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The Comet (short story)

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The Comet is a science fiction short story, written by W. E. B. Du Bois in 1920. It discusses the relationship between Jim Davis (a Black man) and Julia (a wealthy white woman) after a comet hits New York and unleashes toxic gases that kill everyone in New York (it isn't specified whether it's the entire state or just the city) except them.

Originally published as the tenth chapter of Du Bois's Darkwater: Voices From Within the Veil,[1] "The Comet" was reprinted in the 2000 anthology Dark Matter: The Anthology of Science Fiction, Fantasy and Speculative Fiction by Black Writers.[2] It helped lay the foundation for a paradigm known as Afrofuturism.[3][4]

Plot summary[edit]

“The messenger," a man named Jim, descends into the lower vaults of the bank where he works to complete a task for the president. Jim silently considers his frustration with the task while the conversation of his superiors revolves around discussion of "the comet” which is to pass near the Earth soon.[5]

While Jim is completing his assignment, the great stone door of the vault mysteriously closes shut. When Jim finds his way out and returns to street level, he discovers that the vault clerk and everyone else he encounters is dead. Jim walks up Fifth Avenue, enters a restaurant where he previously would not have been allowed to eat, and eventually finds a car and drives around the city but still finds no other living person.[6]

Near 72nd Street, Jim hears a woman's voice crying out from the upper window of a home. The survivor is a wealthy, young white woman who is surprised to discover the only other survivor, her would-be hero, is a Black man. The two travel to Harlem, where Jim searches for his family, and the bank where the woman's father works, but find no more living people and only a note at the bank from the woman's father. They attempt to contact the outside world by placing a call on a long-distance telephone but receive no response.

The two grow less uneasy with each other and return to the bank. They seem on the verge of overcoming their racial barriers in an act of procreation for the survival of the human race, when suddenly a group of men arrive, revealing that only New York was affected by the comet. The woman’s father and fiancé have returned; the woman, Julia, leaves Jim to join them. The men question if Jim has acted inappropriately to Julia and suggest lynching him, but Julia says that Jim saved her, though she is unable to look at him anymore. Her father gives Jim a cash reward. At the very end, a Black woman parts from the group and rushes into Jim's arms after calling out his name.[7]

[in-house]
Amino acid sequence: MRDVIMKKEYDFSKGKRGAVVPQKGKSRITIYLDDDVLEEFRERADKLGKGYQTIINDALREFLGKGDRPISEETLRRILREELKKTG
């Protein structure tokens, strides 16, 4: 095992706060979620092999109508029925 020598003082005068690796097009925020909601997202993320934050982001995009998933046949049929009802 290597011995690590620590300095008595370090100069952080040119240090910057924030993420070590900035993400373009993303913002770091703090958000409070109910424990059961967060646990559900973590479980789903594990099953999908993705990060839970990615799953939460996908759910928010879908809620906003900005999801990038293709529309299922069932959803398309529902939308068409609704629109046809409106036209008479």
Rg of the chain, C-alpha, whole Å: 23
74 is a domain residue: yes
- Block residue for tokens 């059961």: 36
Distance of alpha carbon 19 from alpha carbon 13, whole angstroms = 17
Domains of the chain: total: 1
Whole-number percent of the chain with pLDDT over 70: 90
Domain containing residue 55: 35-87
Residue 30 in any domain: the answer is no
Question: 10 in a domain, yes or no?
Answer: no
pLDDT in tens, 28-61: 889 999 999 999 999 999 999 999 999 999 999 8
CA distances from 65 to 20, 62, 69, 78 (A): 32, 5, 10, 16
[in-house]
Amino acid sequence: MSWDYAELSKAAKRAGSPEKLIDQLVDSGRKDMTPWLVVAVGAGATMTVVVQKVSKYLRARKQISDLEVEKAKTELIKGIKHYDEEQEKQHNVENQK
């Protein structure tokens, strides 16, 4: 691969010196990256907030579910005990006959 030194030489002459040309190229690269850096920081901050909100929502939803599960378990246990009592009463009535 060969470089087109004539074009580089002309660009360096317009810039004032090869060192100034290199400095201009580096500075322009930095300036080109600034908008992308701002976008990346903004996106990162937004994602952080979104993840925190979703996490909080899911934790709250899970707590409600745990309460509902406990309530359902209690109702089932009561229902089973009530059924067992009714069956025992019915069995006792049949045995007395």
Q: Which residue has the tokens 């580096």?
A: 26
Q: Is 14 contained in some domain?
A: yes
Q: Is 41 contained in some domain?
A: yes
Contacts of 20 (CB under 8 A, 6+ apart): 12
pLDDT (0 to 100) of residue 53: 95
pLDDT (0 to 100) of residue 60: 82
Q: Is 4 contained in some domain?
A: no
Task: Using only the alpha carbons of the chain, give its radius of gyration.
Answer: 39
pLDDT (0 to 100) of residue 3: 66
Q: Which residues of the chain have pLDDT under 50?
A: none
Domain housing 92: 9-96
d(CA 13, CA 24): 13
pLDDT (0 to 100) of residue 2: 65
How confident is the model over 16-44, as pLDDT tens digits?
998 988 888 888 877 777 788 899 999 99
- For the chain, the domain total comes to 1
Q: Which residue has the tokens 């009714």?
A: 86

Religion: The short story contains several religious themes. From the start of the story, the narrator refers to Jim as "the messenger" rather than by his first name, which the reader learns later. At first, this title seems to describe his employment. However, the idea of a messenger is well established in Christian mythology as related to being an angel of God, like Gabriel, who relayed God's message to the Virgin Mary that she would bear Jesus Christ. Additionally, the two main characters of the story, Jim and Julia, begin to seem like Adam and Eve figures, as they are seemingly the only people left alive in the world. Julia comes to think of herself as the "mighty mother of all men to come and Bride of Life" and of Jim as "her Brother Humanity incarnate, Son of God and great 'All-Father' [i.e., the founder or progenitor] of the race to be".[8] Julia's comments paint Jim as both an Adam figure ("All-Father of the race to be") and a Jesus figure ("Son of God"). Julia's own status as the figure of Eve, who betrayed Adam and all of humanity, is enhanced by the fact that her father and fiancé show up, destroying her future with Jim and their plans to continue the line of the human race. At the end of the story, she and Jim are stripped of their status as religious figures when they discover that only New York has been destroyed by the comet.